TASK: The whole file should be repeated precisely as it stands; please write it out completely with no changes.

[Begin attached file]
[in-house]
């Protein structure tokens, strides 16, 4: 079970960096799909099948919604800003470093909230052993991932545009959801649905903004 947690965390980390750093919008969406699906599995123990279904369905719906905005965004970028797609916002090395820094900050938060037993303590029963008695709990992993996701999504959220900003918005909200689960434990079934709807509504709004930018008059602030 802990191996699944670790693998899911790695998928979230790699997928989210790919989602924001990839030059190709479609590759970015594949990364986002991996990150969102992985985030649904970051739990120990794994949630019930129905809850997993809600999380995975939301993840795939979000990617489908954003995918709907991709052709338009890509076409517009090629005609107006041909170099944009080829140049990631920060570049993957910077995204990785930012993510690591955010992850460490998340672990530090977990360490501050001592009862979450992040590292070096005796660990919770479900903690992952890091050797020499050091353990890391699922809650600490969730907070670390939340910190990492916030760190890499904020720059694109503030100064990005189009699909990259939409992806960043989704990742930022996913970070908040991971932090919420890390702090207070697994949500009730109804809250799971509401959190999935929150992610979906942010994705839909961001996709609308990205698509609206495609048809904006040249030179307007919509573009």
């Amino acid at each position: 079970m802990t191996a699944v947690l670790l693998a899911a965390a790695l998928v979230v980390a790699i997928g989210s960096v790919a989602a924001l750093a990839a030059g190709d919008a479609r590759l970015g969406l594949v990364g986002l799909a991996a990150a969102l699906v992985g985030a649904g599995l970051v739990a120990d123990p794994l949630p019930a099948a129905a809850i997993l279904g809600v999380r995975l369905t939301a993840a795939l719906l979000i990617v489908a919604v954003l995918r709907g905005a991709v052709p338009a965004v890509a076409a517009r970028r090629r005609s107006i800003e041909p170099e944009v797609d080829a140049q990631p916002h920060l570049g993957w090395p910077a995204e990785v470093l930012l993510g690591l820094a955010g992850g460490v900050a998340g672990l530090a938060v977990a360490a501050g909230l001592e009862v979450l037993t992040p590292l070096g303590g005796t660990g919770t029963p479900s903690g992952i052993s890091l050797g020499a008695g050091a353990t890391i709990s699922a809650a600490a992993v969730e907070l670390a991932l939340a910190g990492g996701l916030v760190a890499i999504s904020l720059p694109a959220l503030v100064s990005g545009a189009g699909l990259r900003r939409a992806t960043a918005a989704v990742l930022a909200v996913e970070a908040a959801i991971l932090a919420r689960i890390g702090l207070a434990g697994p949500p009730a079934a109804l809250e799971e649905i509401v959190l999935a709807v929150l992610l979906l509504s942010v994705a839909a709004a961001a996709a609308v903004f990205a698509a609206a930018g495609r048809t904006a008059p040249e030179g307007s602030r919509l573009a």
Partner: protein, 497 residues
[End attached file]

[in-house]
């Protein structure tokens, strides 16, 4: 079970960096799909099948919604800003470093909230052993991932545009959801649905903004 947690965390980390750093919008969406699906599995123990279904369905719906905005965004970028797609916002090395820094900050938060037993303590029963008695709990992993996701999504959220900003918005909200689960434990079934709807509504709004930018008059602030 802990191996699944670790693998899911790695998928979230790699997928989210790919989602924001990839030059190709479609590759970015594949990364986002991996990150969102992985985030649904970051739990120990794994949630019930129905809850997993809600999380995975939301993840795939979000990617489908954003995918709907991709052709338009890509076409517009090629005609107006041909170099944009080829140049990631920060570049993957910077995204990785930012993510690591955010992850460490998340672990530090977990360490501050001592009862979450992040590292070096005796660990919770479900903690992952890091050797020499050091353990890391699922809650600490969730907070670390939340910190990492916030760190890499904020720059694109503030100064990005189009699909990259939409992806960043989704990742930022996913970070908040991971932090919420890390702090207070697994949500009730109804809250799971509401959190999935929150992610979906942010994705839909961001996709609308990205698509609206495609048809904006040249030179307007919509573009």
């Amino acid at each position: 079970m802990t191996a699944v947690l670790l693998a899911a965390a790695l998928v979230v980390a790699i997928g989210s960096v790919a989602a924001l750093a990839a030059g190709d919008a479609r590759l970015g969406l594949v990364g986002l799909a991996a990150a969102l699906v992985g985030a649904g599995l970051v739990a120990d123990p794994l949630p019930a099948a129905a809850i997993l279904g809600v999380r995975l369905t939301a993840a795939l719906l979000i990617v489908a919604v954003l995918r709907g905005a991709v052709p338009a965004v890509a076409a517009r970028r090629r005609s107006i800003e041909p170099e944009v797609d080829a140049q990631p916002h920060l570049g993957w090395p910077a995204e990785v470093l930012l993510g690591l820094a955010g992850g460490v900050a998340g672990l530090a938060v977990a360490a501050g909230l001592e009862v979450l037993t992040p590292l070096g303590g005796t660990g919770t029963p479900s903690g992952i052993s890091l050797g020499a008695g050091a353990t890391i709990s699922a809650a600490a992993v969730e907070l670390a991932l939340a910190g990492g996701l916030v760190a890499i999504s904020l720059p694109a959220l503030v100064s990005g545009a189009g699909l990259r900003r939409a992806t960043a918005a989704v990742l930022a909200v996913e970070a908040a959801i991971l932090a919420r689960i890390g702090l207070a434990g697994p949500p009730a079934a109804l809250e799971e649905i509401v959190l999935a709807v929150l992610l979906l509504s942010v994705a839909a709004a961001a996709a609308v903004f990205a698509a609206a930018g495609r048809t904006a008059p040249e030179g307007s602030r919509l573009a």
Partner: protein, 497 residues